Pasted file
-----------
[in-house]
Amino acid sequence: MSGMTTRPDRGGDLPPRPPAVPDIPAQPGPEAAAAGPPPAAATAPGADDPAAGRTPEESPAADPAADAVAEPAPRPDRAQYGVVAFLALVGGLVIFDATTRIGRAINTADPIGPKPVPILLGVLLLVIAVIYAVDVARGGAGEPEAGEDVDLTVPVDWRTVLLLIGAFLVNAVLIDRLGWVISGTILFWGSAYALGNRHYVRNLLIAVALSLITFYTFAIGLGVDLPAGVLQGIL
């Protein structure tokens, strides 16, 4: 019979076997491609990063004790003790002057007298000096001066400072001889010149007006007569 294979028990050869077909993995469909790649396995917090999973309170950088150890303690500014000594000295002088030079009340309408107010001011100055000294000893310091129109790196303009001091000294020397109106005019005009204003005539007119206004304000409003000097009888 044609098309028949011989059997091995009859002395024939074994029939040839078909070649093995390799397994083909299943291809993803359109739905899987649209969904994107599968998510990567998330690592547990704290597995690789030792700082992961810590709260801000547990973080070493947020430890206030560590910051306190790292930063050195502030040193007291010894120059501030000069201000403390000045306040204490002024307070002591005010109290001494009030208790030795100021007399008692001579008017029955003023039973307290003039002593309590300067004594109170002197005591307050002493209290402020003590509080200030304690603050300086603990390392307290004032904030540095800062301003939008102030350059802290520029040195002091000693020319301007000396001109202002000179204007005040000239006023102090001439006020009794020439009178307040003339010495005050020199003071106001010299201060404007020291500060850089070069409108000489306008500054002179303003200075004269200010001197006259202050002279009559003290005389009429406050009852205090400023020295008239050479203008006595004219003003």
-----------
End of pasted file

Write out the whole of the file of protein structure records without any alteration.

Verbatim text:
[in-house]
Amino acid sequence: MSGMTTRPDRGGDLPPRPPAVPDIPAQPGPEAAAAGPPPAAATAPGADDPAAGRTPEESPAADPAADAVAEPAPRPDRAQYGVVAFLALVGGLVIFDATTRIGRAINTADPIGPKPVPILLGVLLLVIAVIYAVDVARGGAGEPEAGEDVDLTVPVDWRTVLLLIGAFLVNAVLIDRLGWVISGTILFWGSAYALGNRHYVRNLLIAVALSLITFYTFAIGLGVDLPAGVLQGIL
């Protein structure tokens, strides 16, 4: 019979076997491609990063004790003790002057007298000096001066400072001889010149007006007569 294979028990050869077909993995469909790649396995917090999973309170950088150890303690500014000594000295002088030079009340309408107010001011100055000294000893310091129109790196303009001091000294020397109106005019005009204003005539007119206004304000409003000097009888 044609098309028949011989059997091995009859002395024939074994029939040839078909070649093995390799397994083909299943291809993803359109739905899987649209969904994107599968998510990567998330690592547990704290597995690789030792700082992961810590709260801000547990973080070493947020430890206030560590910051306190790292930063050195502030040193007291010894120059501030000069201000403390000045306040204490002024307070002591005010109290001494009030208790030795100021007399008692001579008017029955003023039973307290003039002593309590300067004594109170002197005591307050002493209290402020003590509080200030304690603050300086603990390392307290004032904030540095800062301003939008102030350059802290520029040195002091000693020319301007000396001109202002000179204007005040000239006023102090001439006020009794020439009178307040003339010495005050020199003071106001010299201060404007020291500060850089070069409108000489306008500054002179303003200075004269200010001197006259202050002279009559003290005389009429406050009852205090400023020295008239050479203008006595004219003003």